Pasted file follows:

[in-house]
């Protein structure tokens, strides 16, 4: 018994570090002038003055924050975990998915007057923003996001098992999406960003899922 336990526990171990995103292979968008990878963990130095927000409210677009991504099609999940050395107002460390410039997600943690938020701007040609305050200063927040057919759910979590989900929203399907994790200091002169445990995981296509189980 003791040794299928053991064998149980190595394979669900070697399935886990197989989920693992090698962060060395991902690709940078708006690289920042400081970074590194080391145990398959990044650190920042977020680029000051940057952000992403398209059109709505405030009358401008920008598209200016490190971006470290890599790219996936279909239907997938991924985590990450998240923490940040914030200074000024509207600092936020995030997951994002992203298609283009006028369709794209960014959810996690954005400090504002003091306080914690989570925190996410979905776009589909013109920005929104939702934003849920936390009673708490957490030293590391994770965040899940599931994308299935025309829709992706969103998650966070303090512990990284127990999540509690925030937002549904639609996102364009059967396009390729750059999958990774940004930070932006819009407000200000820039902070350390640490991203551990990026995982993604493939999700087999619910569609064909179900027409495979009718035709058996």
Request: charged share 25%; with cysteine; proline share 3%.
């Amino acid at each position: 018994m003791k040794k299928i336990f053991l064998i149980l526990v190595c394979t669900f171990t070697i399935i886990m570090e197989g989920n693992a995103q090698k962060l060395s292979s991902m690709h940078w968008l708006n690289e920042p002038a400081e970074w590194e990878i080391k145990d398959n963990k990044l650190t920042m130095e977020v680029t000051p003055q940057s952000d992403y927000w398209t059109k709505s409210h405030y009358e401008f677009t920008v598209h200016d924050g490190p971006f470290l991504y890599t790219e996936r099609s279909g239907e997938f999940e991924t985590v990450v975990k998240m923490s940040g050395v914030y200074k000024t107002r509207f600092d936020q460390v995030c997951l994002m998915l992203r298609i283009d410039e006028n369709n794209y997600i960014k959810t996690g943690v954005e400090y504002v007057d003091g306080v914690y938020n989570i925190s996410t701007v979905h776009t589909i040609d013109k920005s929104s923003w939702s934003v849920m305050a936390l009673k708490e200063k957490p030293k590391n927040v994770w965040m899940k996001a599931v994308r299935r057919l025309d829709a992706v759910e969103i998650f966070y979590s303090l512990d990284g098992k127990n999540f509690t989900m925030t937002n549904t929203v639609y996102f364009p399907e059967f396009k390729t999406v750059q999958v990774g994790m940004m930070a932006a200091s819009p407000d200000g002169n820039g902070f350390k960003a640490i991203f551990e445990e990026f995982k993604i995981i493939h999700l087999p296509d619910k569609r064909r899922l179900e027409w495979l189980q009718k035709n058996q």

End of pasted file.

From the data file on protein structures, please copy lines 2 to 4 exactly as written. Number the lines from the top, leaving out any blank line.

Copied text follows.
């Protein structure tokens, strides 16, 4: 018994570090002038003055924050975990998915007057923003996001098992999406960003899922 336990526990171990995103292979968008990878963990130095927000409210677009991504099609999940050395107002460390410039997600943690938020701007040609305050200063927040057919759910979590989900929203399907994790200091002169445990995981296509189980 003791040794299928053991064998149980190595394979669900070697399935886990197989989920693992090698962060060395991902690709940078708006690289920042400081970074590194080391145990398959990044650190920042977020680029000051940057952000992403398209059109709505405030009358401008920008598209200016490190971006470290890599790219996936279909239907997938991924985590990450998240923490940040914030200074000024509207600092936020995030997951994002992203298609283009006028369709794209960014959810996690954005400090504002003091306080914690989570925190996410979905776009589909013109920005929104939702934003849920936390009673708490957490030293590391994770965040899940599931994308299935025309829709992706969103998650966070303090512990990284127990999540509690925030937002549904639609996102364009059967396009390729750059999958990774940004930070932006819009407000200000820039902070350390640490991203551990990026995982993604493939999700087999619910569609064909179900027409495979009718035709058996």
Request: charged share 25%; with cysteine; proline share 3%.
């Amino acid at each position: 018994m003791k040794k299928i336990f053991l064998i149980l526990v190595c394979t669900f171990t070697i399935i886990m570090e197989g989920n693992a995103q090698k962060l060395s292979s991902m690709h940078w968008l708006n690289e920042p002038a400081e970074w590194e990878i080391k145990d398959n963990k990044l650190t920042m130095e977020v680029t000051p003055q940057s952000d992403y927000w398209t059109k709505s409210h405030y009358e401008f677009t920008v598209h200016d924050g490190p971006f470290l991504y890599t790219e996936r099609s279909g239907e997938f999940e991924t985590v990450v975990k998240m923490s940040g050395v914030y200074k000024t107002r509207f600092d936020q460390v995030c997951l994002m998915l992203r298609i283009d410039e006028n369709n794209y997600i960014k959810t996690g943690v954005e400090y504002v007057d003091g306080v914690y938020n989570i925190s996410t701007v979905h776009t589909i040609d013109k920005s929104s923003w939702s934003v849920m305050a936390l009673k708490e200063k957490p030293k590391n927040v994770w965040m899940k996001a599931v994308r299935r057919l025309d829709a992706v759910e969103i998650f966070y979590s303090l512990d990284g098992k127990n999540f509690t989900m925030t937002n549904t929203v639609y996102f364009p399907e059967f396009k390729t999406v750059q999958v990774g994790m940004m930070a932006a200091s819009p407000d200000g002169n820039g902070f350390k960003a640490i991203f551990e445990e990026f995982k993604i995981i493939h999700l087999p296509d619910k569609r064909r899922l179900e027409w495979l189980q009718k035709n058996q």